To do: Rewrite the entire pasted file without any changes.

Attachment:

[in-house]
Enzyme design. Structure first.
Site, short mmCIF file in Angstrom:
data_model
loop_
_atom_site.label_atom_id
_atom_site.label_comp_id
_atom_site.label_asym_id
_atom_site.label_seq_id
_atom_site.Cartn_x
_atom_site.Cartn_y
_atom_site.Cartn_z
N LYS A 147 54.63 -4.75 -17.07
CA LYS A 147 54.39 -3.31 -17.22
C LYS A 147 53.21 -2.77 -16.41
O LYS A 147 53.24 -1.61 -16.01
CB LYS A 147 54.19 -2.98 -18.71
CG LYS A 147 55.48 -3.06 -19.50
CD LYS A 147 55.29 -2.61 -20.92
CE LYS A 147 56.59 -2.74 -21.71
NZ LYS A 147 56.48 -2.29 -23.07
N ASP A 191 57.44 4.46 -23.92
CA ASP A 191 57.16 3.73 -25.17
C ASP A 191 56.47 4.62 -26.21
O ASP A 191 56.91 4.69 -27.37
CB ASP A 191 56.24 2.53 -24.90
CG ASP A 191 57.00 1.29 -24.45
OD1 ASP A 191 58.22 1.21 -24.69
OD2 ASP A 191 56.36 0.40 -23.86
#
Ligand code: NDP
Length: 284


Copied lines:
[in-house]
Enzyme design. Structure first.
Site, short mmCIF file in Angstrom:
data_model
loop_
_atom_site.label_atom_id
_atom_site.label_comp_id
_atom_site.label_asym_id
_atom_site.label_seq_id
_atom_site.Cartn_x
_atom_site.Cartn_y
_atom_site.Cartn_z
N LYS A 147 54.63 -4.75 -17.07
CA LYS A 147 54.39 -3.31 -17.22
C LYS A 147 53.21 -2.77 -16.41
O LYS A 147 53.24 -1.61 -16.01
CB LYS A 147 54.19 -2.98 -18.71
CG LYS A 147 55.48 -3.06 -19.50
CD LYS A 147 55.29 -2.61 -20.92
CE LYS A 147 56.59 -2.74 -21.71
NZ LYS A 147 56.48 -2.29 -23.07
N ASP A 191 57.44 4.46 -23.92
CA ASP A 191 57.16 3.73 -25.17
C ASP A 191 56.47 4.62 -26.21
O ASP A 191 56.91 4.69 -27.37
CB ASP A 191 56.24 2.53 -24.90
CG ASP A 191 57.00 1.29 -24.45
OD1 ASP A 191 58.22 1.21 -24.69
OD2 ASP A 191 56.36 0.40 -23.86
#
Ligand code: NDP
Length: 284